“The institute has been without a full-time director for over a year and is suffering because action can’t be taken and decisions can’t be made on a number of important programmes,” said ArjunMalhotra, IIT-Kharagpur alumnus and one of the founders of HCL Technologies. He added that he has filed as many as 20 RTIs and received replies from both MHRD as well as IIT but not from the CVC.

It does not seem resonable for the CVC to allow the post of a director to an important institute to go unfilled for a year. Since the tenures of directors are fixed at the time of appointment, the problem could have been anticipated at least a couple of years in advance. Without a director, research program can grind to a halt, appointments of teachers cannot be completed, and the whole institution begins to get demoralized.

If the recent tragic case of mid-day meals to school children is one aspect of government and bureaucracy’s apathy towards education, this is another.

August 14, 2013

An email from the new director revealed that the sole outcome of the functioning of the bureaucracy was to delay matters:

As the newly appointed Director of IIT Kharagpur, it is a great pleasure for me to write to you. I thank all of you for having believed in my capability.

I consider it as a personal as well as professional commitment to improve further the quality of academics and research, infrastructure, faculty and students’ experience and facilities in the campus.

Prof. Partha Pratim Chakrabarti
IIT Kharagpur

Written by Arhopala Bazaloides

July 21, 2013 at 9:45 am

Mid-day meals: a microcosm of organizational callousness

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DNA took a look at the biggest news since yesterday:

In a tragic incident, 22 children died and at least 27 are admitted to the hospital after eating food from a mid-day meal in a state-run primary school in Bihar’s Saran district on Tuesday. The mid-day meal scheme was introduced by the government to encourage education among the poor by providing free food.

HT reported:

Autopsy reports on 22 children who died this week after eating a school lunch in Bihar confirmed that they were poisoned by insecticide, which was either in the food or cooking oil, a doctor said Thursday.

Something seems to have gone horribly wrong in this case. But the average case is not likely to be very good either. In a single day following this tragedy we also read reports of worms in food served in Amritsar, cooks else where in Bihar fainting after eating their own meals, and over 100 children in Tamil Nadu falling ill after a meal. I suspect that the media massively under-reports such problems (after all the middle class is not dependent on this scheme).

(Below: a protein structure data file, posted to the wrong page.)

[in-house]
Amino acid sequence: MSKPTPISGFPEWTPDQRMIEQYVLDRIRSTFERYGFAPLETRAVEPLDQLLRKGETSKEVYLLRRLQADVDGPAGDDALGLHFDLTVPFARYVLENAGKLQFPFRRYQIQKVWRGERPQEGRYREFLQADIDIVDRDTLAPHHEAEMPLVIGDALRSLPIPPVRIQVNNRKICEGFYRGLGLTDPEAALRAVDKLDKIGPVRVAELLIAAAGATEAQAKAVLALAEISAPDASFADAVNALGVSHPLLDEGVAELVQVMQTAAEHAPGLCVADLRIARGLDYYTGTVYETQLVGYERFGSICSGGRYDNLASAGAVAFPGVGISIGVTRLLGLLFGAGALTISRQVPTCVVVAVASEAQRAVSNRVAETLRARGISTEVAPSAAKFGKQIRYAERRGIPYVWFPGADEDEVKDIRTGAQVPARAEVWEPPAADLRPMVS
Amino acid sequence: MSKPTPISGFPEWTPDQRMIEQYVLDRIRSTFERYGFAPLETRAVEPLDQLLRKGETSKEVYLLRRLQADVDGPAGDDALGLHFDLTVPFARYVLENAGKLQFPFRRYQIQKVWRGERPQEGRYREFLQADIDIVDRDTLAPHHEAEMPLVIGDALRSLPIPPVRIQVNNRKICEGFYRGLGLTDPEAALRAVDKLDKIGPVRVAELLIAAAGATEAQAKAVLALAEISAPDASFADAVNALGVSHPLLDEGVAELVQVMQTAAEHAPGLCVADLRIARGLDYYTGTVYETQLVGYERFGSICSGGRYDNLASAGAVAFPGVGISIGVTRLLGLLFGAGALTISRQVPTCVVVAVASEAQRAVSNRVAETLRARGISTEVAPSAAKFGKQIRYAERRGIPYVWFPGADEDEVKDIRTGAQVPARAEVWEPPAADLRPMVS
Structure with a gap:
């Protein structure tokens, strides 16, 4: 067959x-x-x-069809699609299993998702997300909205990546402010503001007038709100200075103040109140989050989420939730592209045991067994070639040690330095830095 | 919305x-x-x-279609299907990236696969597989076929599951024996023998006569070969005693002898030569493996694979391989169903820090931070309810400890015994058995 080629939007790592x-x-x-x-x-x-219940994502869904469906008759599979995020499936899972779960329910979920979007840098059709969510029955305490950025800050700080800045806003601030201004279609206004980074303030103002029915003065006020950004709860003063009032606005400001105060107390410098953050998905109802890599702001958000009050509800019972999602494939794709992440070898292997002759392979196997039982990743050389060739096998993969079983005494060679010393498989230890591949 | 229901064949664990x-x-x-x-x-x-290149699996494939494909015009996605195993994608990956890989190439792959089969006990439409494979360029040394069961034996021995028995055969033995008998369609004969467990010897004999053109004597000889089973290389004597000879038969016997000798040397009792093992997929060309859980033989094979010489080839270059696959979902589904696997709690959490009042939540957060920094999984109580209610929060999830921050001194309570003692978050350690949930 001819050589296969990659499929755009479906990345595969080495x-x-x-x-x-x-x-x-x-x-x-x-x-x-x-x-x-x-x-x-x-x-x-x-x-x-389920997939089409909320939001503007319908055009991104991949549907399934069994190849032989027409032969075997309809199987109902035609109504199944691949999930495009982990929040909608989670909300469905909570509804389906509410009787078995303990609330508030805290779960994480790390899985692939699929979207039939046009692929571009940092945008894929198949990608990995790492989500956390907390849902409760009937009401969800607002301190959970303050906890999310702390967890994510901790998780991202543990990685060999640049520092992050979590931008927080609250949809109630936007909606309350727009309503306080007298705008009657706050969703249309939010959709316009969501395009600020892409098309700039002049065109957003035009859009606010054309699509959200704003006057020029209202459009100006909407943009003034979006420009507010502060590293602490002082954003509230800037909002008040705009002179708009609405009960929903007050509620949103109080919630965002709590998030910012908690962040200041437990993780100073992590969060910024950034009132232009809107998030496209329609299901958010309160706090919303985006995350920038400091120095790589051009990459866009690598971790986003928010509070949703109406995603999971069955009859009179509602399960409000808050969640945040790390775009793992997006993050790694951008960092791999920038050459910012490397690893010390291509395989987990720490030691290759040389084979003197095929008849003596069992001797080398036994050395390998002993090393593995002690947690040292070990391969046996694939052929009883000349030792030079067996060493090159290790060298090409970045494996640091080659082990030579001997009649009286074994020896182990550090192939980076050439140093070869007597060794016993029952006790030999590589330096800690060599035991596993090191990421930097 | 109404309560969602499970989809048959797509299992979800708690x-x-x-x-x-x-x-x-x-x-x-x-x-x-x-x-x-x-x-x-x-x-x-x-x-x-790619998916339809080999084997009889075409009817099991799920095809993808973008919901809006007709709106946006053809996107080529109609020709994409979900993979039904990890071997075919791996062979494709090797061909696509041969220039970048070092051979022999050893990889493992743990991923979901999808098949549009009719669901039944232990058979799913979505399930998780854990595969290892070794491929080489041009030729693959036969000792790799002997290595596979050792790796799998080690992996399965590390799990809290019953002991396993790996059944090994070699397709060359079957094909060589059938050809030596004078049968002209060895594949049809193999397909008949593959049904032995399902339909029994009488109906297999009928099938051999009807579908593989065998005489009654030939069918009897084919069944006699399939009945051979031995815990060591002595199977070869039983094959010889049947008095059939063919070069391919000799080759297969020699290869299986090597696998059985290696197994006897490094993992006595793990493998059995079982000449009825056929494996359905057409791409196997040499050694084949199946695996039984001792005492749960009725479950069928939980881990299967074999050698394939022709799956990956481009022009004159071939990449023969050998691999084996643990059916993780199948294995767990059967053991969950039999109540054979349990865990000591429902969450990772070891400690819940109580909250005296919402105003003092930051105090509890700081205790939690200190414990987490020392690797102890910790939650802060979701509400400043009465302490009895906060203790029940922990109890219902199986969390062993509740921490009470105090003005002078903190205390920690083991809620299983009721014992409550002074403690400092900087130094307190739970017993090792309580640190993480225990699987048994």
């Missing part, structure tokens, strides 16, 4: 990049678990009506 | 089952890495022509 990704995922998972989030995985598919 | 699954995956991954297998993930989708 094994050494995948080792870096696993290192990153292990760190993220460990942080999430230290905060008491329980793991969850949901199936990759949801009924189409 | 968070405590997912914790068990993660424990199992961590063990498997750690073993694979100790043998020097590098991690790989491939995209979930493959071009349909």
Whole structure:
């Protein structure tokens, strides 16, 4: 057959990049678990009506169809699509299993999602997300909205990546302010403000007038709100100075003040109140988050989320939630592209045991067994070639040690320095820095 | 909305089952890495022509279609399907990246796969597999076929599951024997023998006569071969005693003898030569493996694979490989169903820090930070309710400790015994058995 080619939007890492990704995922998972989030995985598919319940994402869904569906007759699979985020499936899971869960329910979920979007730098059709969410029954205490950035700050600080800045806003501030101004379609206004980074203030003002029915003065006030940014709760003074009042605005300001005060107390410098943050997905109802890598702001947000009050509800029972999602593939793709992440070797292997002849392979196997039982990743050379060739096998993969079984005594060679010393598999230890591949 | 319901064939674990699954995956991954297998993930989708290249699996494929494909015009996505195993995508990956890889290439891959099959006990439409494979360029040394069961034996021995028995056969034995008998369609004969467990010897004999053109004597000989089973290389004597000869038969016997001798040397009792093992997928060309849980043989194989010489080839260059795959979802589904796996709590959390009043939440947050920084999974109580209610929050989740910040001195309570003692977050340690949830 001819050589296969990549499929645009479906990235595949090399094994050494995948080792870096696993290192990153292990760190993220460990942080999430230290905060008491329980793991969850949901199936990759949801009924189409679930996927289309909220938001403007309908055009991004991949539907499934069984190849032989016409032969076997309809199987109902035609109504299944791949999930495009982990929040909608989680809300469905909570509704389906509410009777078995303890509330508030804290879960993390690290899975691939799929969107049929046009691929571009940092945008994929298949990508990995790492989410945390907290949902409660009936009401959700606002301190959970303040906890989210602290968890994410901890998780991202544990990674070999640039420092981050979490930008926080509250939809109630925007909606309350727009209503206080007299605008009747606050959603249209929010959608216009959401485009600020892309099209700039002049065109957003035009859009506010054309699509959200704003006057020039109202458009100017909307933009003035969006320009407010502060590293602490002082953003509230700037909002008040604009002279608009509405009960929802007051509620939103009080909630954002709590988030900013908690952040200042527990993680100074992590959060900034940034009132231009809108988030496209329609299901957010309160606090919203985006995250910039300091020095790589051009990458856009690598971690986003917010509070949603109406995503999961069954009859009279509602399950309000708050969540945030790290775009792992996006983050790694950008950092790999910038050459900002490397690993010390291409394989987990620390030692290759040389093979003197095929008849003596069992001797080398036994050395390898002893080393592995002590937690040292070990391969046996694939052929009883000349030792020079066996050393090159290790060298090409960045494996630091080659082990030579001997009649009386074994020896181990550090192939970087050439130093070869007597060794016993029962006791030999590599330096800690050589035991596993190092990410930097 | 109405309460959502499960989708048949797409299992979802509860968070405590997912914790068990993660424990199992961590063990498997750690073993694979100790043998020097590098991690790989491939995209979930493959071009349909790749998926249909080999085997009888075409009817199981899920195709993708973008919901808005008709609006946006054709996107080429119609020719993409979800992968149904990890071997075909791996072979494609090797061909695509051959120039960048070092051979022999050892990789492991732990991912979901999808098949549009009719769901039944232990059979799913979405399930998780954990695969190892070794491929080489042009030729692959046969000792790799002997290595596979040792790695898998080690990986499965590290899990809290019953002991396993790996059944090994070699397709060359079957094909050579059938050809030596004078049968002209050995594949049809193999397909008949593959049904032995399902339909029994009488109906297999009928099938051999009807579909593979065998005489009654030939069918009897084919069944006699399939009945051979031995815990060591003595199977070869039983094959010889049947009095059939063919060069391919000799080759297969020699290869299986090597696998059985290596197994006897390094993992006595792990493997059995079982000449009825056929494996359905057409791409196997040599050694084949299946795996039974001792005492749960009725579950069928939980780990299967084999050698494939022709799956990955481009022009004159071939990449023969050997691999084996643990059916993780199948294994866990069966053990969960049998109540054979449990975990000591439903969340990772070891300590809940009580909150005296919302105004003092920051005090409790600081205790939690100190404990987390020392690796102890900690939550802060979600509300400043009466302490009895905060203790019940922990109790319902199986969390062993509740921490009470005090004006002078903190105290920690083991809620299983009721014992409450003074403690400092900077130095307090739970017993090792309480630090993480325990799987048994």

I base this guess on the following report in BS:

The HRD ministry has announced, tad later [sic] in the day one might say, the setting up of a monitoring committee to look into the quality of food supplied. As the official explains, the reason behind the better implementation of the scheme in southern states for instance, is large scale community participation.

“Parents and village elders through School Management Committees should be periodically testing and monitoring the quality of food being served, cooked, checking on hygienic conditions, etc.” In most states, the periodic reviews that are mandatory seldom take place. That apart the government and the Central monitoring mechanisms have also been lax. Repeated incidents of children falling ill due to dead rats, lizards in the ,meals etc. have been reported with alarming frequency across the country with no reaction from the authorities.

At present both the Centre and the state chip in with funds in the ratio of 75:25 [sic]. While Rs 3.49 is given per child in Primary classes per meal per day, it is Rs five for Upper Primary children. These figures although, seem wholly inadequate, are a vast improvement from the Rs 1.68 that was paid as late as 2009 for feeding children in Primary classes.

If Rs. 3 to 5 is spent per child per day, is it likely that the average quality of food is good? Even if the money were well-spent, the quality of food would be far worse than the Indian middle class is used to. So, while poisonous food is a one-shot affair, it is likely that worm-infested food is served much more often than we care to examine. Can we force the system to be a little more caring?

This is what the Chandigarh Tribune has to say:

The programme guidelines clearly mandate quarterly meetings of state-level steering-cum-monitoring committees that are supposed to evaluate the qualitative and safety aspects of mid-day meals being served in the respective districts.

In Bihar, only three such meetings have taken place since 2009. No meeting was held in 2009-2010 and 2010-11; one was held in 2011-12 and two have been held this year.

The situation is the same across the country. The Human Resource Development (HRD) Ministry note on MDM review says: “Only 55 meetings of the state screening committees took place in 2012-13 as against 140 that were mandated.”

This is the usual case of a massive failure of the Indian polity. Political parties blame each other and put on a reality show on TV when things get out of hand. But they all have the same vested interest in not making things work. Government employees are coerced into falling in with “irregularities” and corrupt individuals get patronage from political parties. Other petty corruptions thrive under this massively corrupt system.

Written by Arhopala Bazaloides

July 18, 2013 at 3:32 pm